It’s easy to believe there are no original ideas left in comics.
Well, here’s one. A group of war veterans decide they aren’t prepared to simply sit in care homes, waiting to die. They’ll meet their maker on their own terms – fighting the good fight. And if that also means their funeral costs get paid for, so much the better (click on image to enlarge).
Yep, as well as an unusual spin on the war book, writer Lee Kolinsky and artist Sham Arifin are confronting the issue of healthcare in the US.
In the Wake of Heroes posits a care system so shamefully poor that heroes would rather run suicide missions than spend another day in it. Is it true? Or are these simply the kind of combat-happy Joes who’d be itching to die in battle rather than bed, no matter how plush the mattress?
Maybe we’ll find out as the series continues. For now, here’s Korea veteran Colonel Jason Roman, offering the services of his motley crew to son Riley, a general in today’s army. Jason asserts that there’s no need to send young men with their lives ahead of them off to die, when veterans in their final years could do the job. Riley’s not convinced, so Jason declares himself an independent contractor, and takes his pal Larry to Russia, where an organ thief is destroying lives – literally. How Larry takes out the man could prove controversial, but it’s certainly clever.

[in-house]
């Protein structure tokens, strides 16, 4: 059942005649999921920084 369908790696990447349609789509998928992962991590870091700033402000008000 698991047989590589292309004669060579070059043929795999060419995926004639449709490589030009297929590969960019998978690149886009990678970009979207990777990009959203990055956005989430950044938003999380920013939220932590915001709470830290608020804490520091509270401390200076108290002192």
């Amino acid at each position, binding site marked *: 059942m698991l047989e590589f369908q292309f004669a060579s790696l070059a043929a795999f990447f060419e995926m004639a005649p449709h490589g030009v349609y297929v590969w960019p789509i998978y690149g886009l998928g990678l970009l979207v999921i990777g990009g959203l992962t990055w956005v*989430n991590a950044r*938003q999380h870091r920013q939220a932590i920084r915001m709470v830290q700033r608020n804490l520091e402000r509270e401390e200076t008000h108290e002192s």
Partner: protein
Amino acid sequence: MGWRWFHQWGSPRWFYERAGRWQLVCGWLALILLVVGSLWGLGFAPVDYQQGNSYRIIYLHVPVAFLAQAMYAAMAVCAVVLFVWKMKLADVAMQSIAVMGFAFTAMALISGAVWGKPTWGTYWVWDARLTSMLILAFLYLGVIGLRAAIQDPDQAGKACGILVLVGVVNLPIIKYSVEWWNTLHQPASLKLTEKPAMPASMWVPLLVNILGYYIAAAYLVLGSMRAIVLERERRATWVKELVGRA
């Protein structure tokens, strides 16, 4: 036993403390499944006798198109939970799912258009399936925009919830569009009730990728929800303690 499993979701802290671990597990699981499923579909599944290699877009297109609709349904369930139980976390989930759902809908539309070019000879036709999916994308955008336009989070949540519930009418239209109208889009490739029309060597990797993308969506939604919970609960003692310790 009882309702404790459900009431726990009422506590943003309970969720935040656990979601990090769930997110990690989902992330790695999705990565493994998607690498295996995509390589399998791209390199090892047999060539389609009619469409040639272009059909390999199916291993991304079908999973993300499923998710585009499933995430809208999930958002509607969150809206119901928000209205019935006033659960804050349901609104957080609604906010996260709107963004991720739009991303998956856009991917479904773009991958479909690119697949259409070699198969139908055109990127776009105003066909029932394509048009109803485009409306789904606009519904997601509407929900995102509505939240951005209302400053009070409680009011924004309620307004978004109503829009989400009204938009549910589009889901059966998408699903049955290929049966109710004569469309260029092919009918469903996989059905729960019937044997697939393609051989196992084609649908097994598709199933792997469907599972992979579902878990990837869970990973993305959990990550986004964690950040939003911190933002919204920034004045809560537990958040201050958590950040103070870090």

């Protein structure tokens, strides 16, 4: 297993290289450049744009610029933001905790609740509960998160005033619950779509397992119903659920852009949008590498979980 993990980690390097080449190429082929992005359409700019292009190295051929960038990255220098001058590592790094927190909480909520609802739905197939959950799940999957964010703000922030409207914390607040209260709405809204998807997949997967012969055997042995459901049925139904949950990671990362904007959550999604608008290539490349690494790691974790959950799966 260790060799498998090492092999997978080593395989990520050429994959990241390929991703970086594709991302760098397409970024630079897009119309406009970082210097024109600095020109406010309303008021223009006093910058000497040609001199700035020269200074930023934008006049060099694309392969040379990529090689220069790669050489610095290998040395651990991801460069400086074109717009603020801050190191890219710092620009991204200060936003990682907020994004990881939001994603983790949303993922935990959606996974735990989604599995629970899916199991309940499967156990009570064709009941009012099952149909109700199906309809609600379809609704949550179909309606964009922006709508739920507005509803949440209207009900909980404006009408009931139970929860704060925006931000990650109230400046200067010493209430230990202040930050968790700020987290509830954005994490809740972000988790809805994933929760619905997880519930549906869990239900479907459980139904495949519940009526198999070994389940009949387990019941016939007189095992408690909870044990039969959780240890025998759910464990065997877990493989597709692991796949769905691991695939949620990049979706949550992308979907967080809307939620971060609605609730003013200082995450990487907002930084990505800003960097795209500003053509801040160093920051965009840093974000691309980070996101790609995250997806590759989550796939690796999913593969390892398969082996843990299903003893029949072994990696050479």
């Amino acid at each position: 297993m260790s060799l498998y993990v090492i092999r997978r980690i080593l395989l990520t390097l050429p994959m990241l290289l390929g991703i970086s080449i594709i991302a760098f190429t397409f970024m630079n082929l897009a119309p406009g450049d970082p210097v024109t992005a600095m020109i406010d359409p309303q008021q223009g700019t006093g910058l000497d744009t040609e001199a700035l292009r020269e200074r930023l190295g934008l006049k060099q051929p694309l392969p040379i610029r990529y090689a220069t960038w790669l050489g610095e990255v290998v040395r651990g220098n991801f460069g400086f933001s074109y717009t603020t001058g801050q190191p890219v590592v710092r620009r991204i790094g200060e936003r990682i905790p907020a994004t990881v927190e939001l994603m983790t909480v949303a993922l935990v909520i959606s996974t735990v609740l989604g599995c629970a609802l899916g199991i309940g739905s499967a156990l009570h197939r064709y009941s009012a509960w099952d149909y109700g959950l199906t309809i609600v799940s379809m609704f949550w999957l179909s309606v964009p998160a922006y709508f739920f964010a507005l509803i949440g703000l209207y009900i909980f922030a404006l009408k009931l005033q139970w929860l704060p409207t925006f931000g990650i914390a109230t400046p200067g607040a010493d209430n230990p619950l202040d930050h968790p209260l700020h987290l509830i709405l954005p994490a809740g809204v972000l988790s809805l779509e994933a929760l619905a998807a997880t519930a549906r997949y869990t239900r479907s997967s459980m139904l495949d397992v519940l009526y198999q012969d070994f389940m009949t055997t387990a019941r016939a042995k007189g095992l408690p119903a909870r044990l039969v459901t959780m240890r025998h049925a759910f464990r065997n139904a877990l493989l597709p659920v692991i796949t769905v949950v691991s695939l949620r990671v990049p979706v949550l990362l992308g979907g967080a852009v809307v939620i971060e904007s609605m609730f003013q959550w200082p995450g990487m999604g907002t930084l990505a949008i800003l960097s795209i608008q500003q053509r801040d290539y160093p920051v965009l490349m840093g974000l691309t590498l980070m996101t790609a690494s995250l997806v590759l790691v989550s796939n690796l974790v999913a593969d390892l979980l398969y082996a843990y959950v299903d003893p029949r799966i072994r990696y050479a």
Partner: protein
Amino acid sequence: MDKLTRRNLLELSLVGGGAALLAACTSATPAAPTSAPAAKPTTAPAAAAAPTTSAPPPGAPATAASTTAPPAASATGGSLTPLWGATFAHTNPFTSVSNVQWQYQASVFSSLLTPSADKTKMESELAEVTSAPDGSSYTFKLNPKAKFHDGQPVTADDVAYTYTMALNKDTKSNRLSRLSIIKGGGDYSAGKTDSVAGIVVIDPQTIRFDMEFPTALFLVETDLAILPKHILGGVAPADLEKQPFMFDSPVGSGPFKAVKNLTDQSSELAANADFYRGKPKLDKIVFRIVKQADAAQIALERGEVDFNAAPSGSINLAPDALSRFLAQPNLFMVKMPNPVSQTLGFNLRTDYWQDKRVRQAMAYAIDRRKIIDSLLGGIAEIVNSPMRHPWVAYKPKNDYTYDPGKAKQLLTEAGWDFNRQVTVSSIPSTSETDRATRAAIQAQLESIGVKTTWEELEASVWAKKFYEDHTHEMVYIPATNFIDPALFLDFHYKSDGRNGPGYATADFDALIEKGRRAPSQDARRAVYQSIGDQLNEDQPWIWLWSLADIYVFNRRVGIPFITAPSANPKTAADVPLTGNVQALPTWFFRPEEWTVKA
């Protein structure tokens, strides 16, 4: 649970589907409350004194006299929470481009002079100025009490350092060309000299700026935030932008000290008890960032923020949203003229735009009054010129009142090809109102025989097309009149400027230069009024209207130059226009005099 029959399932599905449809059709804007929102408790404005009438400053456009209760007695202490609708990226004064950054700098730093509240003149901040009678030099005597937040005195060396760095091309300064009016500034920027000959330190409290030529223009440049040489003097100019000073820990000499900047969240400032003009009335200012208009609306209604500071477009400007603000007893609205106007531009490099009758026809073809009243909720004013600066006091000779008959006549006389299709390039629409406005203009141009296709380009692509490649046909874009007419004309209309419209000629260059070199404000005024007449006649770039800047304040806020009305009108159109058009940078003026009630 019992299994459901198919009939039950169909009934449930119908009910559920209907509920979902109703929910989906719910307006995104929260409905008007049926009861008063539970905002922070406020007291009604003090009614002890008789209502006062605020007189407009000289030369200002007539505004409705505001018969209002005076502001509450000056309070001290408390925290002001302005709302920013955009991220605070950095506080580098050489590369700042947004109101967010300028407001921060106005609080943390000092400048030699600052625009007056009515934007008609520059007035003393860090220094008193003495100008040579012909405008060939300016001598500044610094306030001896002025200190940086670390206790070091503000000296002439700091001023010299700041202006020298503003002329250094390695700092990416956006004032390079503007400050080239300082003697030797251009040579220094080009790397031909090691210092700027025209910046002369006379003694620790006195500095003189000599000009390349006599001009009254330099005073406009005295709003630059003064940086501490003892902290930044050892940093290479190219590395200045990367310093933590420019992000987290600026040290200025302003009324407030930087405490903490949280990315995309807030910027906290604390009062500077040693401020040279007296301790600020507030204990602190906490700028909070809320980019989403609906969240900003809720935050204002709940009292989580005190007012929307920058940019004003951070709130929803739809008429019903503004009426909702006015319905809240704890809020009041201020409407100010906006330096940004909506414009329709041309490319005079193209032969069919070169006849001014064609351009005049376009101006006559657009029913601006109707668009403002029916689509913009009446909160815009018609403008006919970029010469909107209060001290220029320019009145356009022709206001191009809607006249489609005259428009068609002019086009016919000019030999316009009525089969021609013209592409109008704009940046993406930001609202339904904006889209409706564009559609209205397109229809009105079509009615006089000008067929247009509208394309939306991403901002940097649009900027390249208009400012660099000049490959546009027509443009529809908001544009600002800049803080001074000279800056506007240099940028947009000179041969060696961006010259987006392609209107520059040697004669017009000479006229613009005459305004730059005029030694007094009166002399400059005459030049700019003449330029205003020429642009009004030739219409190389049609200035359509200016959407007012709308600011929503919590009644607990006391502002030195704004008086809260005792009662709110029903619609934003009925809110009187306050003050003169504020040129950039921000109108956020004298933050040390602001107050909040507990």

As is the method by which the old soldiers are chosen for missions. I won’t give it away, but if you’re familiar with the kind of games played in old folks’ homes, you’ll likely guess.
Kolinsky does a good job of bringing us up to speed, flashing backwards and forwards without ever confusing. It’s too early to have a handle on the characters, with only Jason given much panel time, but I can see a few regulars hanging in long enough to make an impression – the headshots we see in a full-page legend at the end promise an intriguing bunch.
Arifin’s figurework can be a little stiff, proportions skew whiff, and facial tones uneven – but the storytelling is fine and I appreciate an artist who cares enough not to stint on backgrounds. And his Korea battle scene is very nicely done. The lettering is far too small for the balloons, and there are a few spelling errors, but nothing that detracts from the story. More proofreading, though, lads.
My only other qualm is the title, which is far too portentous for an action romp, even one wearing its Purple Heart on its sleeve. Maybe something corny like Roman’s Soldiers would have been better.
But In the Wake of Heroes is out there, so it’s too late to tweak the title. It’s not too late for you to try this Blue Eye book, though – if you’re looking for a different kind of war comic, give it a shot.